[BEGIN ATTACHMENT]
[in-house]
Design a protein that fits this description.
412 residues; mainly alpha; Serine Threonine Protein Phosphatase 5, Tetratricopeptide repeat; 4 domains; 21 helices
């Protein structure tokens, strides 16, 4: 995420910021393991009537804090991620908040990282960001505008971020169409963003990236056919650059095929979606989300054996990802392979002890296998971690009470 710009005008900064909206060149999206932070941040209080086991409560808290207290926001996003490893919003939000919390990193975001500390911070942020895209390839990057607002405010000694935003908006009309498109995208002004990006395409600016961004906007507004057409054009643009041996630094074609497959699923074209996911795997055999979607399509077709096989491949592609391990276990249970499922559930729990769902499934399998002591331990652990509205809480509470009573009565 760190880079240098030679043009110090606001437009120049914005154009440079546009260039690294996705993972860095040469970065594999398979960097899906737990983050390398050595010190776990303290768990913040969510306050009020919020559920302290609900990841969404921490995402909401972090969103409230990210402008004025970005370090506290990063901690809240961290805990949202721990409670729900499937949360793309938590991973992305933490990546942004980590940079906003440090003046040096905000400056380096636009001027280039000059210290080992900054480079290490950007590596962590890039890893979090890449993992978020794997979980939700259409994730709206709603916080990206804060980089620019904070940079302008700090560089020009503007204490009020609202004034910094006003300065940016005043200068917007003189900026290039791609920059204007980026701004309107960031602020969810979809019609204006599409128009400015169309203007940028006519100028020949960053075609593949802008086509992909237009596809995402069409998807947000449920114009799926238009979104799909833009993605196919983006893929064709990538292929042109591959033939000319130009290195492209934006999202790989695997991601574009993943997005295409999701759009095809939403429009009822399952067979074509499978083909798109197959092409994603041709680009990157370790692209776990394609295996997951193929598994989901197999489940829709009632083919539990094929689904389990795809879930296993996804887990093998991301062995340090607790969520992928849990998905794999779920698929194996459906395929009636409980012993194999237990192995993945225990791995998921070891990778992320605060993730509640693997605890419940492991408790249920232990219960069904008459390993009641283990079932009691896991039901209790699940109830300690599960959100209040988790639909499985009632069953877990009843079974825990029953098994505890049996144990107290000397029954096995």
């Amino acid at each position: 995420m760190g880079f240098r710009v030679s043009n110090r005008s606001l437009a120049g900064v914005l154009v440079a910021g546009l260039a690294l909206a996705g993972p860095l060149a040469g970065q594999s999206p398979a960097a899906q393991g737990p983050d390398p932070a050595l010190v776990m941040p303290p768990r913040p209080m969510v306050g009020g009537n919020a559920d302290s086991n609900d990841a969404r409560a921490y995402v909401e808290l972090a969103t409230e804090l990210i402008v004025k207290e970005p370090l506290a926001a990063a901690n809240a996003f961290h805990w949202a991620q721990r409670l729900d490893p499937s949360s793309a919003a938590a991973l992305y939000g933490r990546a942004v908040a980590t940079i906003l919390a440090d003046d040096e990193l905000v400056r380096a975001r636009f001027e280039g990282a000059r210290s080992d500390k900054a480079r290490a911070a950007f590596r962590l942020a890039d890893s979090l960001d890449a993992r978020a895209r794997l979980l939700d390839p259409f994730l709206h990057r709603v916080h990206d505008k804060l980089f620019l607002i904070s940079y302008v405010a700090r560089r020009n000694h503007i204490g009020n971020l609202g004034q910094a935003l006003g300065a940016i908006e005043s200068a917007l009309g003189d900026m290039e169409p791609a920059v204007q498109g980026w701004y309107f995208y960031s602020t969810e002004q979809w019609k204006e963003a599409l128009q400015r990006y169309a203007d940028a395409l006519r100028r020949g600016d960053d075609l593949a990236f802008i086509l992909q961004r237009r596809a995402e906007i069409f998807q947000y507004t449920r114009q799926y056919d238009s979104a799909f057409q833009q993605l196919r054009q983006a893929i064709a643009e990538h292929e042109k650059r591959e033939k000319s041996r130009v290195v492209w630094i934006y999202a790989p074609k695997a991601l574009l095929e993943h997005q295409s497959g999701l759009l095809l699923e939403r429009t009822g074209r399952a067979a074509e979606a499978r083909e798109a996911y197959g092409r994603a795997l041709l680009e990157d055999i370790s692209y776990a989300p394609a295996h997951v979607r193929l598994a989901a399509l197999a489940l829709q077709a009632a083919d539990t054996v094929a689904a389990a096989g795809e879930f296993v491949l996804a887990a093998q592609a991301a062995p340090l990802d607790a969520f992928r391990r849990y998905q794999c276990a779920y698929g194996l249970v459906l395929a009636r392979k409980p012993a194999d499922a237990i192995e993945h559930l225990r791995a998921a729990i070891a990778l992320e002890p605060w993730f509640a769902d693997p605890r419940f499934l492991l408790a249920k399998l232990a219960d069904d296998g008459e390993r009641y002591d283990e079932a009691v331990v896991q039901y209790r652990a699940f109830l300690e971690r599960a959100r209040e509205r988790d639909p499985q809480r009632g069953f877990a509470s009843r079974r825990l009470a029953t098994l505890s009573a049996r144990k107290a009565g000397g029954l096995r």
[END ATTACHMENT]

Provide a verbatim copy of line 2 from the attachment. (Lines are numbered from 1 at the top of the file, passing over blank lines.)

Design a protein that fits this description.